A recent New York Times article on how American-born chefs borrow and commercialize ethnic cuisines written by Francis Lam echoed what we've been saying here for years. By avoiding the challenging flavors, textures, and ingredients for the mainstream American consumer found in regional cuisines, chefs like Rick Bayless can keep his food accessible and commercially viable in the US market. I mean, all this talk about Oaxaca and he only offers a few moles. There are 722 regional plates in Oaxaca, and we kill it here in LA and OC for Oaxacan. Bayless visits a region, snags some recipes that he thinks will sell in his restaurants, shoots his show, saves some stuff for his cookbooks, and then returns with his chefs to better replicate the flavors in his restaurants.
The torta ahogada, or drowned sandwich at Xoco comes on a french roll made at a nearby bakery–there's no attempt to make a pan salado in house, or find a bakery that can produce the hard roll that's a specialty of Jalisco. Sr. Bayless: even the mom and pops you diss here in LA have suppliers for pan salado–local bakers.
But, wait: there's more!
Xoco's torta ahogada comes beached, not drowned. Why? Because the bread is not made to handle being doused with a sauce. The spicy sauce began creeping up the bread on the way over to my table, and there's no hope for the second half of your sandwich. And, enough with the two-whales-sticking-out-of-the-water plating, chef: it's a sandwich! Chef's torta aguada comes with plenty of heat, I'll yield on that point, but there was a powerful herb that came with the spice. Here's the thing–in Mexico our salsas are about the flavor of chiles, while in America chiles often take a passenger seat to the other ingredients driving their gringofied salsas. It was overpowering, and superfluous. The manager said that Chef Bayless uses hoja santa, which is great for wrapping fish for grilling, and in Veracruz's caldo de acuyo (regional name for hoja santa), but it's too much in the ahogada sauce, which should reflect the beauty and fire of the Yahualica chile, a regional chile de arbol. Couldn't get a sense of the carnitas at all.
The whole point of this sandwich is the pan salado, and excellent salty carnitas with the Yahualica heat, but fine: you you don't care about authenticity. So let me refer you to Cook's Tortas here in Southern California, where you'll get an elevated torta ahogada that's better in quality and flavor than the one at Xoco and the bread is made in house, by non-Frenchy bakers. If you must pay more for a torta ahogada, go with Cook's tortas, not Xoco.
The churros and Aztec chocolate suffer the same fate of the multiple grandmother's approach. Bayless–unless you've ever been hit upside the head with a chancla, you can't claim these abuelitas! Churros are about the dough, not the sweeteners; again Bayless overspices the churros with unnecessary flairs, and the Aztec chocolate drink finds no balance between chocolate, spicing, and chiles. I felt a little uneasy for the next few hours from these clashing elements, but held it together thanks to the $5 Victorias–the best thing about Xoco, besides the friendly staff and the lovely Marcela, a hostess from Guadalajara.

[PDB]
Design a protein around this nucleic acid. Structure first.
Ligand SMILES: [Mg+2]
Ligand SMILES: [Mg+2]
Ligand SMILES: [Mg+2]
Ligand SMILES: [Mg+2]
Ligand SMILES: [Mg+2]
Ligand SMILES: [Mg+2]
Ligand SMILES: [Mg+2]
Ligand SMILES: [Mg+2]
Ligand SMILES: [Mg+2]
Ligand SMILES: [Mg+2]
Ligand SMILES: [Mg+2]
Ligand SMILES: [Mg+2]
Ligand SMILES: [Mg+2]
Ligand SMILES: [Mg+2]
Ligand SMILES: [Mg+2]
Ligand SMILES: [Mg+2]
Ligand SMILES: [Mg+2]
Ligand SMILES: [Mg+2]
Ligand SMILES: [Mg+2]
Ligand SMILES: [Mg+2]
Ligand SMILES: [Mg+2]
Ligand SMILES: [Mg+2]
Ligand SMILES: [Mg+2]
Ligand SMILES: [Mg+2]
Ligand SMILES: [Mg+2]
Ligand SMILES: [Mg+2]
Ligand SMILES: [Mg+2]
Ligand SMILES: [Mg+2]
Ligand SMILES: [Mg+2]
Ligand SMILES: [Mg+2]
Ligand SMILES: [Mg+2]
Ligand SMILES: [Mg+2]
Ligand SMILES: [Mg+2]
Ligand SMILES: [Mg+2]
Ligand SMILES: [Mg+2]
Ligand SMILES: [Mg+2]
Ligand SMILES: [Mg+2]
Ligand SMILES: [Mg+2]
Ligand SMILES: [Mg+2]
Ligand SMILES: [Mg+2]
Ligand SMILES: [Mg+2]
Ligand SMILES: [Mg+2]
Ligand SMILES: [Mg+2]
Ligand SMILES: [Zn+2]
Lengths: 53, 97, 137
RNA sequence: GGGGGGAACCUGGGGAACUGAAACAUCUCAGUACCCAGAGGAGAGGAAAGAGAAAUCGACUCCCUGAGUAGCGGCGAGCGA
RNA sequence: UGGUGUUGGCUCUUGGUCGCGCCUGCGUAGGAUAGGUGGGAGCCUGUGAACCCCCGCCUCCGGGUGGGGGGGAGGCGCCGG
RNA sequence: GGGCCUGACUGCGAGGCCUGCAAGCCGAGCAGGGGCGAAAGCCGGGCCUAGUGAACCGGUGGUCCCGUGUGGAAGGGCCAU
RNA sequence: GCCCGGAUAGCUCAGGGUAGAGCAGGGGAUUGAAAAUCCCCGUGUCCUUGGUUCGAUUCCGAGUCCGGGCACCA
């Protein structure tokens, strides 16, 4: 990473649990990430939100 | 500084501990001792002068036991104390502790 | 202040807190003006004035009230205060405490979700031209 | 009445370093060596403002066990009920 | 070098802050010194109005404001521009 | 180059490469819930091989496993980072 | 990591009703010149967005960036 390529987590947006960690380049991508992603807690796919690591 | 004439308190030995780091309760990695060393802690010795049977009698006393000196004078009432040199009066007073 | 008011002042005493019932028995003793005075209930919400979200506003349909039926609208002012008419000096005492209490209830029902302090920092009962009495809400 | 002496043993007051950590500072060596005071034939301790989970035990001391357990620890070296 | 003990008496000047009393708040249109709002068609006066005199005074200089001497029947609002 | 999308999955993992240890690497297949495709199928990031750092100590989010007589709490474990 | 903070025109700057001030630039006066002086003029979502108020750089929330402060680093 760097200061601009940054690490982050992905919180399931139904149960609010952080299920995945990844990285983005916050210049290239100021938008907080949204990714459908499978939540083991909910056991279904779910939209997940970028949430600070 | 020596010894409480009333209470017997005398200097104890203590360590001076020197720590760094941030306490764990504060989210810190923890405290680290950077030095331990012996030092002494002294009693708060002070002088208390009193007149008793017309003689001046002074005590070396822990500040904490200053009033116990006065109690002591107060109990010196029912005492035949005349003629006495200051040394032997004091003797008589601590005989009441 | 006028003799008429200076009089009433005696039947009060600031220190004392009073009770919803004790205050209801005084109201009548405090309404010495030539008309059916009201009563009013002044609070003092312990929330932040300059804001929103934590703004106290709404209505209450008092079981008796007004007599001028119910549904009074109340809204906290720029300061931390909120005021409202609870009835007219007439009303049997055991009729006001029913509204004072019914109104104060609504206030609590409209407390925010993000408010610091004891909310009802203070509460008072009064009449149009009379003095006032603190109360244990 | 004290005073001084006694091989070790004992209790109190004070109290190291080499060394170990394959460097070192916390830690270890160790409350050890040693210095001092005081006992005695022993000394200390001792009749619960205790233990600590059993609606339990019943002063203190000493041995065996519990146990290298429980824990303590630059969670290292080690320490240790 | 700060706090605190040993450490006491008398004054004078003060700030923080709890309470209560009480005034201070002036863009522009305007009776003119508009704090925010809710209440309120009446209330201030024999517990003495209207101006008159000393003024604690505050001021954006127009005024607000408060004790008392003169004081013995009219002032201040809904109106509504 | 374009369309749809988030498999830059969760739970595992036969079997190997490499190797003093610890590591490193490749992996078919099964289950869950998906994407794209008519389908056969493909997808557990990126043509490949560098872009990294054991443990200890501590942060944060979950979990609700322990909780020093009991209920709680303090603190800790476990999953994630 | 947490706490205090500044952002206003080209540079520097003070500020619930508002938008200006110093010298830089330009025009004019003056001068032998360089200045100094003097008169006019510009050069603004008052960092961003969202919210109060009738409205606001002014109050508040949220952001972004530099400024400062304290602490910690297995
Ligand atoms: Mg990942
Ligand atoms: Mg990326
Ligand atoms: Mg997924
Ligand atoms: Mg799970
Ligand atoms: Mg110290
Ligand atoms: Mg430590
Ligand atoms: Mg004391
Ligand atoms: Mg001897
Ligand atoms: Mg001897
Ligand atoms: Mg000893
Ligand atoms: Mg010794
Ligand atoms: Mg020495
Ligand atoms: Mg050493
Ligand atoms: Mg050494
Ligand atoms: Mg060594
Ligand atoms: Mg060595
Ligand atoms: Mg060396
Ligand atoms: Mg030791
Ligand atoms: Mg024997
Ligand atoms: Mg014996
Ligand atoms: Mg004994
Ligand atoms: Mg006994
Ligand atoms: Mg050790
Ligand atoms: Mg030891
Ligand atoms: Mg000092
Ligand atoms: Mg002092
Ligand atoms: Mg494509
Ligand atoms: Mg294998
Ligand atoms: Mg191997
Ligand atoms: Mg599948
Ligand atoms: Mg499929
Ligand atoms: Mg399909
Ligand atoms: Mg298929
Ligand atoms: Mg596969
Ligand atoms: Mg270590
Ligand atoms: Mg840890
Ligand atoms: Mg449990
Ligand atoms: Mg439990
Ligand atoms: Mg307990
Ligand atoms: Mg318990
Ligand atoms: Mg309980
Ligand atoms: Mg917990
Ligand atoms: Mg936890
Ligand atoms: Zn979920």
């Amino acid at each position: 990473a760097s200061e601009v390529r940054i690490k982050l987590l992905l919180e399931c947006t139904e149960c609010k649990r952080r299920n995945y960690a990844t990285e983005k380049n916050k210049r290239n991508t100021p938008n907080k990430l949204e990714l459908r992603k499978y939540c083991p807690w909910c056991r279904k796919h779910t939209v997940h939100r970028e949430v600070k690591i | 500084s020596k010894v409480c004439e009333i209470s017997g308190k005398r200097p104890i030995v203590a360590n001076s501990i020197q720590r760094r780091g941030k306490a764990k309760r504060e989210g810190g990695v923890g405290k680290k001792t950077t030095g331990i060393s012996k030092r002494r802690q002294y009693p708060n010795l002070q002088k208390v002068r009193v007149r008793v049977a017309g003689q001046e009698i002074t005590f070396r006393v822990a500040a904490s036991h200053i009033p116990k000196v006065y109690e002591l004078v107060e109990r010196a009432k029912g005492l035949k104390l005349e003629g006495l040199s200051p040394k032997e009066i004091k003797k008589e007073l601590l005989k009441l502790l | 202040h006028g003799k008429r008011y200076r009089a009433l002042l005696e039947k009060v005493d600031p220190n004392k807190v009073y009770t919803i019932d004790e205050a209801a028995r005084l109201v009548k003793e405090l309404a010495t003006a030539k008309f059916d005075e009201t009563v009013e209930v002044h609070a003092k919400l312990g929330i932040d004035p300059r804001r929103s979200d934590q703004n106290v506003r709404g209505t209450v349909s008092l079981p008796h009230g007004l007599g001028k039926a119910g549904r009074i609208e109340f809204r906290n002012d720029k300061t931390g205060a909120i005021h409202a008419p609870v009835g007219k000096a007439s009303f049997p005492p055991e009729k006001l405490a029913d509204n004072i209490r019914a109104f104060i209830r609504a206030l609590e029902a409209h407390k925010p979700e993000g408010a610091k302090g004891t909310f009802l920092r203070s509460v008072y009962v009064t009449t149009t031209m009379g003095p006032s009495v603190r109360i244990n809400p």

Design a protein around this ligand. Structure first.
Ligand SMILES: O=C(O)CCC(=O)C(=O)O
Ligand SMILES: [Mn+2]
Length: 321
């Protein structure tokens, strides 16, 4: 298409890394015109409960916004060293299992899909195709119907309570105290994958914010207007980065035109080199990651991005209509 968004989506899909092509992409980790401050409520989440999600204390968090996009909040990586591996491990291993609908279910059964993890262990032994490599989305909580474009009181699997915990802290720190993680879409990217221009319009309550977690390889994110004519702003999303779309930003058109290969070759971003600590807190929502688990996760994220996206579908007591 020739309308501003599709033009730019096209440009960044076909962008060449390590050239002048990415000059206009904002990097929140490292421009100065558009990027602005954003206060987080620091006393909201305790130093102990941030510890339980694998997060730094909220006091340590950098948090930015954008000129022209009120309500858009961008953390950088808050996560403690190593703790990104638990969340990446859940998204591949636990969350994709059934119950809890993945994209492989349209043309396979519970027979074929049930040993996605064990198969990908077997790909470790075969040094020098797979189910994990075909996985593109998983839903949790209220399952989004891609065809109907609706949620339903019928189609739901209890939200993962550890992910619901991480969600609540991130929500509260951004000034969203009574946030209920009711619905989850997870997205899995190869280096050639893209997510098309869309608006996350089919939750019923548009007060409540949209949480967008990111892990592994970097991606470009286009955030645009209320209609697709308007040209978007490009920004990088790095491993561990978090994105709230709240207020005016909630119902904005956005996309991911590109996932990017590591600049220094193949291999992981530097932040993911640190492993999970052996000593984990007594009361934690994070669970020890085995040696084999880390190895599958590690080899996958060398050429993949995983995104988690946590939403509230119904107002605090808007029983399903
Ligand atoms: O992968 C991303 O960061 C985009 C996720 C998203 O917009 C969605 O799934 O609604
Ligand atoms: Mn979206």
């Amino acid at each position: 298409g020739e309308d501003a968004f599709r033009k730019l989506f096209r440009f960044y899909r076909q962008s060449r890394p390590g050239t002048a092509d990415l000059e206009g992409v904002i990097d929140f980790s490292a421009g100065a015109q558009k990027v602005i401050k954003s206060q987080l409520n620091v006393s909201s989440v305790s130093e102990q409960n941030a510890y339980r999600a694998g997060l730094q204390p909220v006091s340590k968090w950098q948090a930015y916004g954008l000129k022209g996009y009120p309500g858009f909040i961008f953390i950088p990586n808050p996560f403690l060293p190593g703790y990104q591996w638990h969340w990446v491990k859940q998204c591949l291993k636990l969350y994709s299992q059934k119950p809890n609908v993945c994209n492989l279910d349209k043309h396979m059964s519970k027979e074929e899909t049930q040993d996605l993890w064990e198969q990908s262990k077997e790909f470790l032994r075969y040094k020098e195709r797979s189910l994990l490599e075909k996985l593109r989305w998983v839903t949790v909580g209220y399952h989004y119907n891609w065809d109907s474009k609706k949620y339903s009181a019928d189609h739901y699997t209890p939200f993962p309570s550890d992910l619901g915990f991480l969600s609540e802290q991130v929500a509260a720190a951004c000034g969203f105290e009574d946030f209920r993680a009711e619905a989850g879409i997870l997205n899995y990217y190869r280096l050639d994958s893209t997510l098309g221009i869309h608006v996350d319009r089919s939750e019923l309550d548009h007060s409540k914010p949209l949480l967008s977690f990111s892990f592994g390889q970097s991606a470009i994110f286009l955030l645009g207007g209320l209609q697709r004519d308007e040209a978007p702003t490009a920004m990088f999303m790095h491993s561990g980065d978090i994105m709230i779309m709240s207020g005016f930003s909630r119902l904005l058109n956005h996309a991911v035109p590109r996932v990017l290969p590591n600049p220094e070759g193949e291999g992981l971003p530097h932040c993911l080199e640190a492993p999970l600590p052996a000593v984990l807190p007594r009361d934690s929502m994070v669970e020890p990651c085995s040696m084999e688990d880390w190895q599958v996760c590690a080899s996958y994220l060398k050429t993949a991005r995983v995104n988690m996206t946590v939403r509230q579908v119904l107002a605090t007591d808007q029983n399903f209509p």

You want to see Chef Bayless' real craft, try his awkward adventure menus when he's playing with the flavors and not just cooking someone's recipe. He's really an average chef without the stolen recipes. Shouldn't the Mexican government, PBS and Bayless' publishers award the hundreds of uncredited cooks and chefs that have taught Rick Bayless how to make these plates? If some of those abuelitas tasted Xoco's ahogada, Bayless just might actually get a chancla upside his head.
I'm more convinced that Chef Rick Bayless has benefited far more from Mexico than Mexico has benefited from him. Mexican cuisine has conquered America through the mom and pops, through combo plate joints, and even through companies like Frito-Lay and Taco Bell (all inspired directly from Mexicans). In LA and the OC, we've been eating authentic Mexican from day one. If it's just for promoting Mexican cuisine that he's received the Order of the Aztec Eagle, then shouldn't Taco Bell, Pace and El Torito also receive recognition?
We wouldn't bother questioning this diplomatic nod, if Sr. Bayless showed a little respect for actual Mexicans. Ask the countless Mexican cooks and chefs that have approached him to express their gratitude–obligatory–only to be given a cold stare, or to even be ignored. Ask the poblanos, oaxaqueños, chilangos, and jarochos who've not even received a mention in his cookbooks, or the insulted Los Angeles Mexican chefs and cooks that were told that he was bringing real Mexican cuisine to LA. Hell, ask Gustavo and Jonathan Gold about their unpleasant encounter with Rick a couple of years ago. Bayless wants his tres leches, and to eat it too.
Red O, Frontera Grill, Xoco, and Tobolobampo aren't better than the Mexican mom and pops in LA and the OC, and our handful of Mexican chefs like Rocio Camacho leave these restaurants in the dust, yet they won't receive an Aztec Eagle, nor will they attain the commercial success.
Bayless would be wise to follow the example of the Rolling Stones, who used their celebrity to showcase and revive the careers of artists like Buddy Guy, who they had learned from. A little humility and gratitude would go a long way. Singers Bobby Caldwell and Michael McDonald–known as blue-eyed soul men–always showed respect for African-American soul artists, earning their rightful place in the R & B world. But Rick Bayless chooses to be the Michael Bolton of Mexican cuisine; the American pop singer who just came in and butchered soul classics without any regard for its authors and audience.
Chef Rick Bayless has a part in this American and global fascination of Mexican food, but as a profiteer, nothing more. He is a successful restaurateur, but is not a great Mexican chef, or a great non-Mexican, Mexican chef. He should follow Wolfgang Puck's lead; smile, be nice, keep your delusions private, and collect the check. As for his receiving the Order of the Aztec Eagle, Insignia class–chale!